Phoenix gets really hot, everyone knows that. But Texas gets their fair share of flooding, tornadoes, bad freezes, hail storms, and even hurricanes. The weather throughout the year in both places tends to be fairly temperate, although parts of Texas definitely get much colder than Phoenix. But that’s Texas cold, not Minnesota cold. Texas is also much more humid than Phoenix, which makes the air feel stickier in the summer. Picking between the two is just about deciding which of these natural disasters sound most palatable. But remember, everyone claims Phoenix is a “dry heat” because of the lack of humidity, therefore feeling cooler. This is one of the biggest misconceptions about the city. It doesn’t matter how little water is in the air, when you experience over 100 days a year that exceed 100 degrees, that’s very, very hot.
Traffic gets congested in any big city, so neither Phoenix nor Dallas/Houston will have zero traffic. One advantage Phoenix does have, however, is it’s spread out nature. The Phoenix Metro Area is extremely broad, and because of this there’s more room for all of its residents to disperse. Areas like Scottsdale definitely get crowded on a Friday night, but you won’t see the bumper to bumper traffic that Dallas sees compacted into a small area.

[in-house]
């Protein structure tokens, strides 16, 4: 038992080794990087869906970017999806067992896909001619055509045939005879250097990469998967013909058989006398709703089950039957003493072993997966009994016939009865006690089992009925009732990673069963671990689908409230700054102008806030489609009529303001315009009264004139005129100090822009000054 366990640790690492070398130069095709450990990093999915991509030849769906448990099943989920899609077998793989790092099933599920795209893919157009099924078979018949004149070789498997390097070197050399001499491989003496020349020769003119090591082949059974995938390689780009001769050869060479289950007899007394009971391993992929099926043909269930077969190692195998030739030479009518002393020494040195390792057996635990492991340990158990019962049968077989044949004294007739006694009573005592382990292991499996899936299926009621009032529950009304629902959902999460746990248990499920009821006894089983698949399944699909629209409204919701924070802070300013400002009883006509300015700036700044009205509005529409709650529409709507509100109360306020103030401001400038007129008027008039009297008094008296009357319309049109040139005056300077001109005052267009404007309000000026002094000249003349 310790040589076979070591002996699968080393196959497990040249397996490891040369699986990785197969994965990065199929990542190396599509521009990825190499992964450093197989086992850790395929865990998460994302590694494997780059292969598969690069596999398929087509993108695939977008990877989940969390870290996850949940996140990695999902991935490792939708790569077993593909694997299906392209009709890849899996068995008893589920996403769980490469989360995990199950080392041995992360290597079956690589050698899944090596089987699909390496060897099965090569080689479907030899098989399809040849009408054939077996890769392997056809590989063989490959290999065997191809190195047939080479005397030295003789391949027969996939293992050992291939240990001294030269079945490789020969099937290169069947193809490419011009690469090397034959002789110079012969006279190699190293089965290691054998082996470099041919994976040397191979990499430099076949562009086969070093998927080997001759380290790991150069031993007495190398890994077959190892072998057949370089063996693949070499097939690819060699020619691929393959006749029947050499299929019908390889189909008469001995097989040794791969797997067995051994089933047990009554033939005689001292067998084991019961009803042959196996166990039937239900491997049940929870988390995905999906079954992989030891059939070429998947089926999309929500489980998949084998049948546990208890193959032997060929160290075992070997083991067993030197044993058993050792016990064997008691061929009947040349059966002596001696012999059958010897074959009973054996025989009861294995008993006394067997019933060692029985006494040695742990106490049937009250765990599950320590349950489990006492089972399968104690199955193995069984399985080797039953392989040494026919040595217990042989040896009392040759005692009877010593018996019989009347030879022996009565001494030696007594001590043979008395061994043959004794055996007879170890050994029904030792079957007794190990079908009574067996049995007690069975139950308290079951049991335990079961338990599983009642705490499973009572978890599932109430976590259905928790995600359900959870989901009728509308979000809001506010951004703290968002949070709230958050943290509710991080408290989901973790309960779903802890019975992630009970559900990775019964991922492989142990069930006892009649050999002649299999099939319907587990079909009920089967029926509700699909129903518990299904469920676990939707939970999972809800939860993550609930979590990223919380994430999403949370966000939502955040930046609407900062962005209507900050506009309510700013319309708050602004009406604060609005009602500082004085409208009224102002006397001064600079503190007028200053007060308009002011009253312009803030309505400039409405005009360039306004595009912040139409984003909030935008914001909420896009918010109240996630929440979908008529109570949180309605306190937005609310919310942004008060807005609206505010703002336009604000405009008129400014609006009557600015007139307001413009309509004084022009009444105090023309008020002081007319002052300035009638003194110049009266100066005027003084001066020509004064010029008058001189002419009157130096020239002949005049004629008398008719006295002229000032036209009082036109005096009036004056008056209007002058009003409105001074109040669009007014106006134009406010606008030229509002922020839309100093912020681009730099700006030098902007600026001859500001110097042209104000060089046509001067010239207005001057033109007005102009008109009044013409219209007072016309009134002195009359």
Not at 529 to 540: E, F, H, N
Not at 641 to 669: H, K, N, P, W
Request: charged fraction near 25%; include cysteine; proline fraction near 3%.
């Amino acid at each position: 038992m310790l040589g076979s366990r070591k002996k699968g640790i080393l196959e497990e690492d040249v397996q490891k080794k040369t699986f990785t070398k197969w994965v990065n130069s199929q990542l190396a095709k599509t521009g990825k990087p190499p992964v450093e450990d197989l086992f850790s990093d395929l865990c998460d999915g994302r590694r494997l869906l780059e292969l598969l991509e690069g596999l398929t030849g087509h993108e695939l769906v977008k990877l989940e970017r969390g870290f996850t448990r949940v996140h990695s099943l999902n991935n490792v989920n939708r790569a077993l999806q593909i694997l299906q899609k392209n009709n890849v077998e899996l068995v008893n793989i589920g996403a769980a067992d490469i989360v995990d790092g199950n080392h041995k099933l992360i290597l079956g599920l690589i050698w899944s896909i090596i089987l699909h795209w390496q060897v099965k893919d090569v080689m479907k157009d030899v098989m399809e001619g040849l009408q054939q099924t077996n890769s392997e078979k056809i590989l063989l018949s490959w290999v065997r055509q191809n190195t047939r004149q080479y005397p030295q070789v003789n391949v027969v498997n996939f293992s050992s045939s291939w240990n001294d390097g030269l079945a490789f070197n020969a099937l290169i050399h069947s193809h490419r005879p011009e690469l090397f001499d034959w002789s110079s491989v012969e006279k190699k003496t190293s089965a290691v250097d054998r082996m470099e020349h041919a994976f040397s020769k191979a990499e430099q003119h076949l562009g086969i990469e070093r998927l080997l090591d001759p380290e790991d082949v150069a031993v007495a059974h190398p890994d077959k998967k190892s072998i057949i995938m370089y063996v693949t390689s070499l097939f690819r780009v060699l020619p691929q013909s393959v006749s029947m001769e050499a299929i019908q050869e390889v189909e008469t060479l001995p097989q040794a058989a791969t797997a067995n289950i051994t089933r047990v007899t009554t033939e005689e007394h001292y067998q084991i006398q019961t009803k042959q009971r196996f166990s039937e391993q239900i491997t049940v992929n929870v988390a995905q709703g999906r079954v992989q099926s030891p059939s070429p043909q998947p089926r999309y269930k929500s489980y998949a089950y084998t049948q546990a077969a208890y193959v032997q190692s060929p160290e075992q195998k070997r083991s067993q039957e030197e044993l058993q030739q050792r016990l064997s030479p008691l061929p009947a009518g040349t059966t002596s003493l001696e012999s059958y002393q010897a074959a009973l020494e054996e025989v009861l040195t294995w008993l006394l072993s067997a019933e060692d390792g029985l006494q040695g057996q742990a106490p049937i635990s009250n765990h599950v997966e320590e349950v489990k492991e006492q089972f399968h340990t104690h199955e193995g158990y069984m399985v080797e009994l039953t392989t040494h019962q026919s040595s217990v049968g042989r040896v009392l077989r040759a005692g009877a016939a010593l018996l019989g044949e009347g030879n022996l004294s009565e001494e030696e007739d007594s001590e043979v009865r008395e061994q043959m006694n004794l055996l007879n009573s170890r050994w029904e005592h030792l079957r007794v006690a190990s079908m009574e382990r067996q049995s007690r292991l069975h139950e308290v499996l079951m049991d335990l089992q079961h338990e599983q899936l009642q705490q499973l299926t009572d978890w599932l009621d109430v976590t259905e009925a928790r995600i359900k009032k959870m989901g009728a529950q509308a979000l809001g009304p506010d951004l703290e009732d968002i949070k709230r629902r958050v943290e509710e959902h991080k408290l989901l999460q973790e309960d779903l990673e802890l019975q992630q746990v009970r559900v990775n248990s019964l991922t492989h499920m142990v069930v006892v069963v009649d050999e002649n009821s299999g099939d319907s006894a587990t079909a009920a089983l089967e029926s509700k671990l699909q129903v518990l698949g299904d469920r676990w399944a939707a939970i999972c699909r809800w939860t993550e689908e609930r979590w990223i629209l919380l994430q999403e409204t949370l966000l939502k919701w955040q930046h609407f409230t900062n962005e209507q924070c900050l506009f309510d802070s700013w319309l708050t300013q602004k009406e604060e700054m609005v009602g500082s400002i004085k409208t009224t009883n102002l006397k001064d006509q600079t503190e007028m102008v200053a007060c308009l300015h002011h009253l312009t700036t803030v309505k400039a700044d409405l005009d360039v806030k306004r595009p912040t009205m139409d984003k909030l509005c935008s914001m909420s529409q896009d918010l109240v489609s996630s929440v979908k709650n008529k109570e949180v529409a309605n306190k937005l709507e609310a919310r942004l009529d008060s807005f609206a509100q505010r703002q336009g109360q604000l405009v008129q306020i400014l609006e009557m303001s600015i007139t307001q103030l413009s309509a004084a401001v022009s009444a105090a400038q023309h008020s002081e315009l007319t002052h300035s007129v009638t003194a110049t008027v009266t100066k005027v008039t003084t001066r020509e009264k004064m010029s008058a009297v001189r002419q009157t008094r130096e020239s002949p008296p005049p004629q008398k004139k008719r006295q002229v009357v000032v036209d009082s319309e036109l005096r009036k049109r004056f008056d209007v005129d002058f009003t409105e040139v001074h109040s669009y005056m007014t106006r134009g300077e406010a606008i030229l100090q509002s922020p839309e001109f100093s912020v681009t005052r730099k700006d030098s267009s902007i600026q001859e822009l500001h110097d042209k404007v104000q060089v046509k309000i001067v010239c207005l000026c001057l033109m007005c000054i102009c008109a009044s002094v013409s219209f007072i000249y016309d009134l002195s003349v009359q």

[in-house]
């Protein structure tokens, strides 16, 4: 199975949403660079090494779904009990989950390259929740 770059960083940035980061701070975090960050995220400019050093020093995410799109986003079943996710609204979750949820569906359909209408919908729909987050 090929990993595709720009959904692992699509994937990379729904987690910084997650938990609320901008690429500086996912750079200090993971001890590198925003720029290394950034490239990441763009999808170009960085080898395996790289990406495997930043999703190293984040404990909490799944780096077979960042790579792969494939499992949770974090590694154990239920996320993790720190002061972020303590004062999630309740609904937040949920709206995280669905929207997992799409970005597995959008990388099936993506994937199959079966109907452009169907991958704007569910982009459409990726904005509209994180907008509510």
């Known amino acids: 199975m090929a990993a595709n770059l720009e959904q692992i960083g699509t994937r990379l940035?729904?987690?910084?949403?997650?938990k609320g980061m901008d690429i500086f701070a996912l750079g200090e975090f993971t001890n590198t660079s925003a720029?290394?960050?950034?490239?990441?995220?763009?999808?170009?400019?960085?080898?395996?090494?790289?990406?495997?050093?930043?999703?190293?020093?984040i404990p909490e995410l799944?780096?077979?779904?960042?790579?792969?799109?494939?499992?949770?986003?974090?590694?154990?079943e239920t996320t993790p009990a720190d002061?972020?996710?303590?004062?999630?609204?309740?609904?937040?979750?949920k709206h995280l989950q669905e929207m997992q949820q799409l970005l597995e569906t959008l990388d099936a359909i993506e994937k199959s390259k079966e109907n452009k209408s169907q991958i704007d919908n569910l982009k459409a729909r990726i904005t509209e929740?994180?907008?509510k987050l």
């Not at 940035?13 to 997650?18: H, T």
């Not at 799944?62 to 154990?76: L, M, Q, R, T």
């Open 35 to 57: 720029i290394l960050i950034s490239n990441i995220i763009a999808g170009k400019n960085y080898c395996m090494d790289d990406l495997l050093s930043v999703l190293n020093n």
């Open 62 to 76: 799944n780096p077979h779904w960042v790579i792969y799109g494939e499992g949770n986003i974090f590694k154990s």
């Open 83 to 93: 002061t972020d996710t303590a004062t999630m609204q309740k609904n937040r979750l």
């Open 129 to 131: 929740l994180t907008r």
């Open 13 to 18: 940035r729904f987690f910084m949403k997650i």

*Toll Roads: Texas is known for its plethora of toll roads. If you plan on living in a big city and commuting often, or living in the suburbs and heading into the city daily, this will add up fast. Tolls should be factored into cost of living depending on where you choose to live and which roads you will have to utilize often.
Learn More: Best Suburbs to Move to near Phoenix, AZ
How family friendly your environment is will depend on what part of town you live in. In either Phoenix or Texas, you can find parts of town with many families, or parts of town full of singles and young, childless couples. With that being said, because there’s so much to do outside in Arizona, it likely takes the cake when it comes to being family friendly.
On the flip side, Texas has a better public school system than Arizona. Because of this, many Texas families opt to send their children to public schools instead of private schools. This not only saves them from spending money on tuition, it cultivates an environment that places a great level of importance on education. From field trips to museums, or well maintained libraries, to teachers being more appropriately compensated, it’s easy to see how a well supported school system serves all of its community, not just children.
It’s important to remember that the topic of education and schools are multifaceted and can be very subjective. Just because a school ranks lower than another does not mean students at the former can’t get a good, well rounded education.
Thinking of Moving to Phoenix, Arizona?
Are you thinking of moving to the Phoenix Metro Area? If so, reach out to me at AZLiveStyles, I would love to help you find your next home in the Valley of the Sun.